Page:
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G & J

Currency – to hedge or not to hedge?

As New Zealand is a small export orientated country, most of our exports are not sold in New Zealand dollars. The New Zealand dollar tends to fluctuate considerably. There is little that New Zealand can do to protect our currency from fluctuating significantly. When there is a global hiccup, there is a flight to the so-called safety of the US dollar. With BRIXIT, the GBP fell considerably lowering farmers’ returns for lamb.

It is all very well trading products in other countries, but we do much of our consumption (spending) in New Zealand dollars. In order to have more predictable sales in New Zealand dollar terms, exporters tend to hedge the currency.

The nature of currency risk is such that there is no reason to believe that there are any extra returns to be earned for taking it on. If there was a currency risk premium, then a US investor investing in NZ cash should get a higher return than if they were invested in a US cash account.

Similarly a New Zealander investing in US$ should expect their US$ account to outperform their NZ account. Both cannot be right. Over the longer term it should not make much difference if an investor or exporter is hedged or un-hedged.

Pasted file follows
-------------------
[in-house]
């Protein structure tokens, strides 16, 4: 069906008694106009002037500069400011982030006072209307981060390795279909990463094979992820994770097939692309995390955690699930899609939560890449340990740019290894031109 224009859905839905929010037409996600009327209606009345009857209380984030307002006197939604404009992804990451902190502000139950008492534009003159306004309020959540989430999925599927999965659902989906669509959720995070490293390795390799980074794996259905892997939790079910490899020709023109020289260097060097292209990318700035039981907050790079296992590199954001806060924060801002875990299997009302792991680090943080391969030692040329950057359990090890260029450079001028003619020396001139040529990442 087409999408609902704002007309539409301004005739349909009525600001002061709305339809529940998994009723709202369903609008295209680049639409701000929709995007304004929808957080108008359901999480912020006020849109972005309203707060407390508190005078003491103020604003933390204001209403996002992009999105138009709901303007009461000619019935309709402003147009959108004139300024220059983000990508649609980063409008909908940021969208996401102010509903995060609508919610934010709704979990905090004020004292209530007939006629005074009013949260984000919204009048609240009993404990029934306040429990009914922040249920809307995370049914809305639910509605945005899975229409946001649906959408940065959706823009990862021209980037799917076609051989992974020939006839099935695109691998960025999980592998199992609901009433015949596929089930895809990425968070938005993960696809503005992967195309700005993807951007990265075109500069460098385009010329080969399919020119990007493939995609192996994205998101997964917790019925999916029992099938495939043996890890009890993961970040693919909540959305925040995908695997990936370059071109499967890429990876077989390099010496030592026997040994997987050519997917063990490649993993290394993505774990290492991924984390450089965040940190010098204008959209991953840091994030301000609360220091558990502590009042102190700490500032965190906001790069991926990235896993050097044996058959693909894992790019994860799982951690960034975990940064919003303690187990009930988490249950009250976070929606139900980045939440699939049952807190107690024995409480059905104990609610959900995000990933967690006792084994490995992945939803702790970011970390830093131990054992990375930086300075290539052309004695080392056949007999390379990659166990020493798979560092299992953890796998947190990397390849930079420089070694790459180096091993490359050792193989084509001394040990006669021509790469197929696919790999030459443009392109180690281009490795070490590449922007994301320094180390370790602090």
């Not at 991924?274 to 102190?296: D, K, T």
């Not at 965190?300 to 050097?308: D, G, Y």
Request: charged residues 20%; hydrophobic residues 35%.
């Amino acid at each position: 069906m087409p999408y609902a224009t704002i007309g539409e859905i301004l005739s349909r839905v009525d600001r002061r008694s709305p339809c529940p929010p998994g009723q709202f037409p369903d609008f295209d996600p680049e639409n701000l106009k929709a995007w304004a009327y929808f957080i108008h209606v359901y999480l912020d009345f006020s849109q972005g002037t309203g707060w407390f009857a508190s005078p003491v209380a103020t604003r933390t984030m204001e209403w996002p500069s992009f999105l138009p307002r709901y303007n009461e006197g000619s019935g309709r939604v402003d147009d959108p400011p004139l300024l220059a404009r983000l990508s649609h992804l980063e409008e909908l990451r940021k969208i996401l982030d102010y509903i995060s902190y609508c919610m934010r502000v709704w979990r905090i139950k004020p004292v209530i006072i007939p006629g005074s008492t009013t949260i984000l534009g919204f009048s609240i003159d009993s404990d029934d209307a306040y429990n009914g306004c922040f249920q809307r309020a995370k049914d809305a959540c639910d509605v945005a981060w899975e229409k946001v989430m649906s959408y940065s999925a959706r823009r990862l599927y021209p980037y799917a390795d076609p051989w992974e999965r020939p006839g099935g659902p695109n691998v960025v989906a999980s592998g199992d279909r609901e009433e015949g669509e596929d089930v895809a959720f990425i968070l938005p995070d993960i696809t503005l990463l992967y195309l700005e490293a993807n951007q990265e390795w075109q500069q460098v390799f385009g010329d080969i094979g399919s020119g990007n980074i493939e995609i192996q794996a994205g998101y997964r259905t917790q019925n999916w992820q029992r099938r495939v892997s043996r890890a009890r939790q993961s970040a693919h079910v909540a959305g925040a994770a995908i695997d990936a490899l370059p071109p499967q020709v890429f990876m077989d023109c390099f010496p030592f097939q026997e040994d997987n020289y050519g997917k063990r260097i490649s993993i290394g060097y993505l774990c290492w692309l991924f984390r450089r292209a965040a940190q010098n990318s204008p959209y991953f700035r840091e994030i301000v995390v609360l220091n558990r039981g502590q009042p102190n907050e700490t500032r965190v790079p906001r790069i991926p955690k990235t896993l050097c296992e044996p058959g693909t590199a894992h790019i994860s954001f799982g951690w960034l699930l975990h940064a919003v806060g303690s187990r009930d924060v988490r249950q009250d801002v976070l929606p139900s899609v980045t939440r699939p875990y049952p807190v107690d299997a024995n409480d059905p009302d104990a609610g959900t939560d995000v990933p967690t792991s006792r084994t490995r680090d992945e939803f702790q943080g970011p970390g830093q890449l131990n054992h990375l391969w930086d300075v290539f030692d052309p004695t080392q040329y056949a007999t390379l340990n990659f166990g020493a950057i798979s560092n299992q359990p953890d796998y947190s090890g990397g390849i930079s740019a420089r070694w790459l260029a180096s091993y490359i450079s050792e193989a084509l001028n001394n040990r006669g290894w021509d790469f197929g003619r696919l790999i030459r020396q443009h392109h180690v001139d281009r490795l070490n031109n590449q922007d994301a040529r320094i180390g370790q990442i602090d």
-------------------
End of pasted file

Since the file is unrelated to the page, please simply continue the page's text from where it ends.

Hedged returns are simply the difference between interest rates in the home country less the interest rates in the currency we are hedging to. For example interest rates in New Zealand are around 2% higher than in the United States. So by fully hedging we should get around a 2% higher return in New Zealand dollar terms. However there is a cost involved in hedging, and it is difficult to maintain a fully hedged amount as markets go up and down.

Within investment portfolios, hedged international shares tend to have lower short term volatility. A 50/50 hedging strategy is best as it reduces the big risks. It halves the impact of short term currency movements. It halves any

long-term impact and it reduces the biggest currency risk of all, which is changing the hedging policy at the worst possible time.

A skilled, experienced adviser should be able to devise a cost-effective strategy to ensure that your international share exposures are hedged to an appropriate level to meet your future lifestyle needs.

Over the years, we have seen several investment managers attempt to play the currency game. Invariably they are losers when it comes to active currency management. It would be useful to investors and advisers alike, if managers reported how much of a contribution their currency management made to their overall returns.


Steven Barton (FSP 32663) and Susan Pascoe Barton (FSP 32382) are Whakatane based Certified Financial Planners and Authorised Financial Advisers.  Their initial disclosure statements are available free of charge by contacting them on (07) 3060080 or they can be downloaded from www.pascoebarton.co.nz. This column is general in nature and should not be regarded as personalised investment advice.